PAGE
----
Julie Bindel’s Anti-Boxing Rant As Bad As Fury’s Homophobia

By Eloise McInerney | Uncategorized

Dec 10

Radical feminist Julie Bindel has reacted to the Tyson Fury furore with a Guardian piece as ignorant and prejudiced as the heavyweight champ’s remarks about women and gay people.


Fury, if you didn’t know already, has made a number of controversial mysoginistic and homophobic statements that have led to a recent petition, which now has over 100,000 signatories, calling him to be removed from BBC Sport’s Personality of the Year list.


Bindel claims we shouldn’t be surprised by Fury’s comments because boxing is basically evil and wrong. Let’s take a look at some of her more outrageous statements:

“Since when were boxers ever role models? The majority are railroaded into the so-called sport from massively disadvantaged backgrounds.”


This was very well countered by one of the commentators on the article, and I won’t try to improve on it:

Guardian commentator boxing role models

Guardian commentator on Bindel’s piece













“I grew up close to some Irish Traveller families where bare-knuckle boxing was encouraged as soon as the boys reached five years old.”


Kickboxing. FlickrCommons. Eric Langley. https://goo.gl/8wFvzj


I’m sorry, but you can’t equate modern boxing with bare knuckle fighting. Boxers wear gloves – very, very large gloves, to lessen the impact of a blow. They wear gum shields so that their teeth don’t fall out. Amateur boxers wear headguards. Kickboxers add foot pads and shin guards. There are rules to safeguard the combatants.



“The ultimate aim in a boxing match is to inflict a blow to the head and render the opponent unconscious. Violence is endemic to this sport.”

No arguing with the fact that boxing is violent. But the ultimate aim of all boxing matches is not to render the opponent unconscious. In pro-boxing and MMA, okay, you’ll win a fight sooner that way. But in amateur boxing and other full-contact martial arts it’s all about points scoring. Did I mention the protective gear?

Amateur martial arts are actually safer than rugby, as I discovered when I decided to try out this ‘middle-class’-dominated sport.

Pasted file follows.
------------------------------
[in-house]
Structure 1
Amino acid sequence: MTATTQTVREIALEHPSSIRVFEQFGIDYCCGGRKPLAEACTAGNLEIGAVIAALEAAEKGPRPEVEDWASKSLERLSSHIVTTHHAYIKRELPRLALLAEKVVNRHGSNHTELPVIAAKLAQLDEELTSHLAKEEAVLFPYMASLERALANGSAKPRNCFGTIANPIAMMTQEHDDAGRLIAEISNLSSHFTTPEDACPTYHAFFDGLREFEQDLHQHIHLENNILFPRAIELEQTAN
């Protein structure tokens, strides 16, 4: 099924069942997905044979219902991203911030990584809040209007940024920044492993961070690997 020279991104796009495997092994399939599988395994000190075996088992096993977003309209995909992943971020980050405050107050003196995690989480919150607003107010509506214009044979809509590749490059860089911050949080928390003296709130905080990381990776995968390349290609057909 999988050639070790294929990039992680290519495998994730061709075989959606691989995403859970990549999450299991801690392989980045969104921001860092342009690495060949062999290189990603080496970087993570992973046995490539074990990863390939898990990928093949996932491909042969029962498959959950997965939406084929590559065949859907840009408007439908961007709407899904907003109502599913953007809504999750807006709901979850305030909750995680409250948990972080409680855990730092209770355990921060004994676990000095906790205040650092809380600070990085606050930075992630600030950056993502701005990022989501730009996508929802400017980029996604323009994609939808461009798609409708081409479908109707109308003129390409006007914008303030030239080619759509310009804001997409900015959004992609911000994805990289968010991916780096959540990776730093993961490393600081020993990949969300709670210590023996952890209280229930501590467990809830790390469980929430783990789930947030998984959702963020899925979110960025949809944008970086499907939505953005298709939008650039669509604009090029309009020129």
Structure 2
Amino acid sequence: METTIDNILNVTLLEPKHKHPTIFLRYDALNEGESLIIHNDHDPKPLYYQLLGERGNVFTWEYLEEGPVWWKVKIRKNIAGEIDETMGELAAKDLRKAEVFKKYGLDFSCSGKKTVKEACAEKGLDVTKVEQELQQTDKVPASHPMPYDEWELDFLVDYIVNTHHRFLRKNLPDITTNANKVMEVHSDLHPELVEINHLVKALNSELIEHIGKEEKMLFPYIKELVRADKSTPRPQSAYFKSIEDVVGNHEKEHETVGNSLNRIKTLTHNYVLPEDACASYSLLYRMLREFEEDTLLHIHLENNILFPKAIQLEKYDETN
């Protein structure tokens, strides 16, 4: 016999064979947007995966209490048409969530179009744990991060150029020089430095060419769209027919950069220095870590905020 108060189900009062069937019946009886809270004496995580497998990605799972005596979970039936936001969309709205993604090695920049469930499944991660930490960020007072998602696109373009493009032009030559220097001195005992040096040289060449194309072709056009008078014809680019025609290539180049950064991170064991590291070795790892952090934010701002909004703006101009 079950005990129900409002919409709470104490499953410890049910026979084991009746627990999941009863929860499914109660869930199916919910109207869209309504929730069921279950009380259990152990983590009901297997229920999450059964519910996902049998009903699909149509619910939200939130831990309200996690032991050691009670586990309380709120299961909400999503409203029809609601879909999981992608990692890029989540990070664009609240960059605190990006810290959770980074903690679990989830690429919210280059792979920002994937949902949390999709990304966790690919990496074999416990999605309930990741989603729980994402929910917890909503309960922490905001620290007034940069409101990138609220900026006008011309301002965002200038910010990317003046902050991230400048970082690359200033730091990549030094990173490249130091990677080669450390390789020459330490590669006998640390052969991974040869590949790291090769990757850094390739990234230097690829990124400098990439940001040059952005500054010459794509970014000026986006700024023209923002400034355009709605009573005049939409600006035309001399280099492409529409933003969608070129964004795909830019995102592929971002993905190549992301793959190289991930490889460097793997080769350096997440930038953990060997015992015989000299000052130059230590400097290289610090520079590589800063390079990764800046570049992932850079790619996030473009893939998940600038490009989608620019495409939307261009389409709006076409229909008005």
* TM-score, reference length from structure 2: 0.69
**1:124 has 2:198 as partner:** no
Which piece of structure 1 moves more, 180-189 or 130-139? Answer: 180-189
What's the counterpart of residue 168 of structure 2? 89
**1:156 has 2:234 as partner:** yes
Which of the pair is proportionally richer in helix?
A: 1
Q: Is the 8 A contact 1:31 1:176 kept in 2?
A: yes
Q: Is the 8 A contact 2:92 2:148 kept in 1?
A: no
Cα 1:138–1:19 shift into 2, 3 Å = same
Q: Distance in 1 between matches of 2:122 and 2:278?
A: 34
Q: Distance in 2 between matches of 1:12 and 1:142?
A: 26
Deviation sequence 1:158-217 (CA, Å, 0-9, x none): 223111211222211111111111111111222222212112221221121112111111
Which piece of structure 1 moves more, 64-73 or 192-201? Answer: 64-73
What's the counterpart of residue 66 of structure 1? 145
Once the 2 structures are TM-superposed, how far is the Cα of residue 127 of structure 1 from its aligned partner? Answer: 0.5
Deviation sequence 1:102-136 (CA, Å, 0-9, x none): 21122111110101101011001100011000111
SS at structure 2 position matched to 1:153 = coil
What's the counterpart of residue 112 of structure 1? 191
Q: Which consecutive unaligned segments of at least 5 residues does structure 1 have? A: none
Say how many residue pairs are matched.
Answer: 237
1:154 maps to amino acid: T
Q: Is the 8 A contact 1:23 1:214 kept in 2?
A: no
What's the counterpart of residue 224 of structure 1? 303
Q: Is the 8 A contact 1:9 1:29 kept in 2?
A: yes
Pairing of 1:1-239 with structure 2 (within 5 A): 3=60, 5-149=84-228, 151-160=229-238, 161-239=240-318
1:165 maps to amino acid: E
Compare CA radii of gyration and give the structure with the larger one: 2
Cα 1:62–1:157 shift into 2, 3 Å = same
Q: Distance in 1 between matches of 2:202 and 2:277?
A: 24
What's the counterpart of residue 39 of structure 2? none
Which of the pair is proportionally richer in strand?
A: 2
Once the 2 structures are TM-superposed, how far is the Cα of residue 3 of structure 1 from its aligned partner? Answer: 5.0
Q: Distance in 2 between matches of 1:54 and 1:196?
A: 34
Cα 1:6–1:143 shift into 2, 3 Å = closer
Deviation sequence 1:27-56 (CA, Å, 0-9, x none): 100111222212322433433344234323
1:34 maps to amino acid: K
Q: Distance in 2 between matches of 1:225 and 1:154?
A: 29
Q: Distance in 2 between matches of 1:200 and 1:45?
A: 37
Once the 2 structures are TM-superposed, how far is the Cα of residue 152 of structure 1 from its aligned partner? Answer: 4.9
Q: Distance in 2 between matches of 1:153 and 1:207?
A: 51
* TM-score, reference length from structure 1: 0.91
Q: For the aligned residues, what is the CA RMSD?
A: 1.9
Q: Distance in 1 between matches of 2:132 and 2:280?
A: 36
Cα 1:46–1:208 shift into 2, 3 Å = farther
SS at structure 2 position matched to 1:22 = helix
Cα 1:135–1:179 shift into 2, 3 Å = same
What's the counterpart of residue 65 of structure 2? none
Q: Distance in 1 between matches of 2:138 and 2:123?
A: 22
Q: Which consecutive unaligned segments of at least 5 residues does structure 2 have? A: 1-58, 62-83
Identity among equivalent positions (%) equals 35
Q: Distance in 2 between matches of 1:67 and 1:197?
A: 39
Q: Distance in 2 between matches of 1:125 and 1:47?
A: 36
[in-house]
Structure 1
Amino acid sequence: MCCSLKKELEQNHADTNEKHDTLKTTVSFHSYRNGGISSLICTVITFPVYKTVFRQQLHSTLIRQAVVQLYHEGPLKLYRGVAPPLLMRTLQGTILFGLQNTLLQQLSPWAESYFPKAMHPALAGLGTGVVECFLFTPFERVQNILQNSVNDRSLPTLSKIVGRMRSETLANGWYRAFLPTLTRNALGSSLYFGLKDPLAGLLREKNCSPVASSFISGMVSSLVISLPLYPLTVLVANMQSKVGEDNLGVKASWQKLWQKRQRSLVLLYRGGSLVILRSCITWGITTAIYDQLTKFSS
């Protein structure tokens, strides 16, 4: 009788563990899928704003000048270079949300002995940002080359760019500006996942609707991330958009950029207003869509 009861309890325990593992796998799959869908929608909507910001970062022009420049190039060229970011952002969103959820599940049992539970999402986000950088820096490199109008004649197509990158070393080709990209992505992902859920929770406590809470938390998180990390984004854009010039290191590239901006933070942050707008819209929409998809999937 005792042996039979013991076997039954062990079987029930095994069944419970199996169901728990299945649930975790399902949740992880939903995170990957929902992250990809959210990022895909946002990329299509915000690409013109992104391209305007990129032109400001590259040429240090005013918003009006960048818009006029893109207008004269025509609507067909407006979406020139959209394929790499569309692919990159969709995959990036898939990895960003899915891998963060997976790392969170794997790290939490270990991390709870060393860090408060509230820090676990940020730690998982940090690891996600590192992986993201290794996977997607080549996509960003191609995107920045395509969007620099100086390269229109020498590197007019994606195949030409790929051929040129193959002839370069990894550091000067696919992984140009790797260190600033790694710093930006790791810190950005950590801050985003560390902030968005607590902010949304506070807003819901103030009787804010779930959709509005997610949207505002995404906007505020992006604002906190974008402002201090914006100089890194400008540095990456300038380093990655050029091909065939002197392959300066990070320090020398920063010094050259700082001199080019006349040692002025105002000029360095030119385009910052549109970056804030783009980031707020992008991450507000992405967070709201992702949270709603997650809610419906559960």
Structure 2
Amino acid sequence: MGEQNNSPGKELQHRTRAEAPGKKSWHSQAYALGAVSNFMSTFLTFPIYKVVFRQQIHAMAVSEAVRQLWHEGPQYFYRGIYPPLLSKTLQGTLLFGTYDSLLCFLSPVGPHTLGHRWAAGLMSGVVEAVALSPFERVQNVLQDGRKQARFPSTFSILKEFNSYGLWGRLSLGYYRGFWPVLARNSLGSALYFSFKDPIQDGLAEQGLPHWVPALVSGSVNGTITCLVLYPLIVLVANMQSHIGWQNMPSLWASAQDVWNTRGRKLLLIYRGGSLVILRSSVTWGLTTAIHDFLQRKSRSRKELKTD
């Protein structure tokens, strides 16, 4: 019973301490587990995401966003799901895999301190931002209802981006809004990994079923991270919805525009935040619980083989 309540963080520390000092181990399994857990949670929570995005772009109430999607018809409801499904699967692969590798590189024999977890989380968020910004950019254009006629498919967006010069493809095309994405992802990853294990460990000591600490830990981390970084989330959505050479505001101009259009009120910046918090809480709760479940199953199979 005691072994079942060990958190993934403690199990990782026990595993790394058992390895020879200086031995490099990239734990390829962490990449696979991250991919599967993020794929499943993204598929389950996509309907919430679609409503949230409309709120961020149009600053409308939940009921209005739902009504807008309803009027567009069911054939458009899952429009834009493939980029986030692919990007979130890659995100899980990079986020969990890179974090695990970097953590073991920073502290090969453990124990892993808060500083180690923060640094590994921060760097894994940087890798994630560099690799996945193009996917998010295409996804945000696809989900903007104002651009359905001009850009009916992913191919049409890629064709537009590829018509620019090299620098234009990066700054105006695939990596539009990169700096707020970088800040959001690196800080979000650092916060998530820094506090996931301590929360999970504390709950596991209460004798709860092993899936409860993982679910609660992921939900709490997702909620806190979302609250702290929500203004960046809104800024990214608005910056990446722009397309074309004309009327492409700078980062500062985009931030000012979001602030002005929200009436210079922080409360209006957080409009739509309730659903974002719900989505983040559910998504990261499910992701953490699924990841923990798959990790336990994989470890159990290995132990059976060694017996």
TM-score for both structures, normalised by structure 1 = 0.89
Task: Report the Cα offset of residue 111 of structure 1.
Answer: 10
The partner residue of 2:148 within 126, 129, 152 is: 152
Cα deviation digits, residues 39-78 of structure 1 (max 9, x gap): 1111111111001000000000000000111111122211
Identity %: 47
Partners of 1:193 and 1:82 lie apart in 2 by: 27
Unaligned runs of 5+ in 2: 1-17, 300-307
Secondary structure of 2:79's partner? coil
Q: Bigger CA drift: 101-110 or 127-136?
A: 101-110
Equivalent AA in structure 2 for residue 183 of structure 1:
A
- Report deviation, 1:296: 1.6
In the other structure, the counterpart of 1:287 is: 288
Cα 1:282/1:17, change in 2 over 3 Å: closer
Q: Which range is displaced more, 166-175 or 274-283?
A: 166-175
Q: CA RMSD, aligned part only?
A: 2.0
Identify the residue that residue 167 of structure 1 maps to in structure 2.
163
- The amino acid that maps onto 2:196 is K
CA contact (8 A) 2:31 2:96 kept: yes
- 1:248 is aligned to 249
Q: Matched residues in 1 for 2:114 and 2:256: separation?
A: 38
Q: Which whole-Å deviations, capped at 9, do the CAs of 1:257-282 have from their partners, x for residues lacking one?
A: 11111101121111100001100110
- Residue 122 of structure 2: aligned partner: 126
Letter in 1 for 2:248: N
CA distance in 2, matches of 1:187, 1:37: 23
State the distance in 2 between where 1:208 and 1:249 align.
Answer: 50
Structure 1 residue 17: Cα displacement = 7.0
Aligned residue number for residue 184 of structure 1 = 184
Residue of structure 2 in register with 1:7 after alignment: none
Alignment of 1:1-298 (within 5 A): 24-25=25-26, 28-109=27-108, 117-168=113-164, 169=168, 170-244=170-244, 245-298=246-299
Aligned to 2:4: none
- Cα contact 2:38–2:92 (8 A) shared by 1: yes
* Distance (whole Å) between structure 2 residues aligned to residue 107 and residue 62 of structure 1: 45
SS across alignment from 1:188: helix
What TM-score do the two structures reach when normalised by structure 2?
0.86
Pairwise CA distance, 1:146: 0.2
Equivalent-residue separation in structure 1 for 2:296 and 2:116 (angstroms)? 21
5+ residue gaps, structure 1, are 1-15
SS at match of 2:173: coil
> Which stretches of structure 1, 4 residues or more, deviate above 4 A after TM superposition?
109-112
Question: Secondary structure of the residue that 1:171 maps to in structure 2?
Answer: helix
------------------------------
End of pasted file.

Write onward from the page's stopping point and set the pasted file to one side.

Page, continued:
Rugby Injury

Rugby Injury. FlickrCommons. Colin Howley.

I never came out of rugby training without numerous bruises and at least one strained muscle. Recovery time was a minimum of two to three days. Nobody wore headguards despite repeated blows to the head endured as a result of tackles. The risks of concussion are high, and rugby has been slow to introduce adequate safeguarding in its rules. Recent tragic deaths have emphasised the urgent need to address the issue.

On the other hand, during my many years as a martial artist, the most serious injury I have suffered was a pulled hamstring. That wasn’t even in combat. I was stupidly trying to throw a kick too high for my range. I also got winded a few times, a nasty experience that happily lasts just a few minutes. I did not pummel my opponent into the ground in a vindictive rage afterwards. I learnt to defend better instead.

“Whether we enjoy watching it or not, boxing exploits working class people, is dangerous, and it celebrates violence and individual competitiveness.”

What stupid fools working class people must be, to offer themselves up as sacrificial lambs for the entertainment of their wealthy overlords.

This is anti-working class prejudice disguised as its opposite and is immensely patronising.

And anyone who has a clue about combat sports knows they the attract middle classes in proportional numbers. The various gyms I have trained at in Ireland and the UK at least 40% of those training were “middle class”. One of those gyms was in East London.

“don’t expect those we exploit in such a way to have been on many equality and diversity training courses.”

Only homophobic, misogynistic men are attracted to violent sports?

Has she heard of British Boxer, Nicola Adams? Or, turning to the UFC, of US MMA fighter Liz Carmouche?

Liz Carmouche vs Ronda Rousey, UFC

Liz Carmouche wearing her rainbow gumshield vs Ronda Rousey

Both female and LGBT. They also come across as incredibly nice people.



“If your job is to knock somebody unconscious, it’s unlikely that they have been raised to think that solving an argument with their fists is wrong.”

If Bindel had ever stepped inside a combat sports gym, she would know that one of the first things you are taught is self-control and respect for others. Combat sports also build self-discipline and self-confidence. They’re fun. They provide a safe space to channel aggressive feelings.

Of course, this whole piece all boils down to Bindel’s crusade against male violence.

Uncontrolled violence against either men or women, inflicted in order to threaten and control, is terrible and wrong. But combat sports are governed by rules – because they are sports, not wars or street fights. Bindel could do with going on a few equality and diversity courses herself.

The worst thing about it all, though, is that this demonstration of ignorance and prejudice just gives feminists a bad name.

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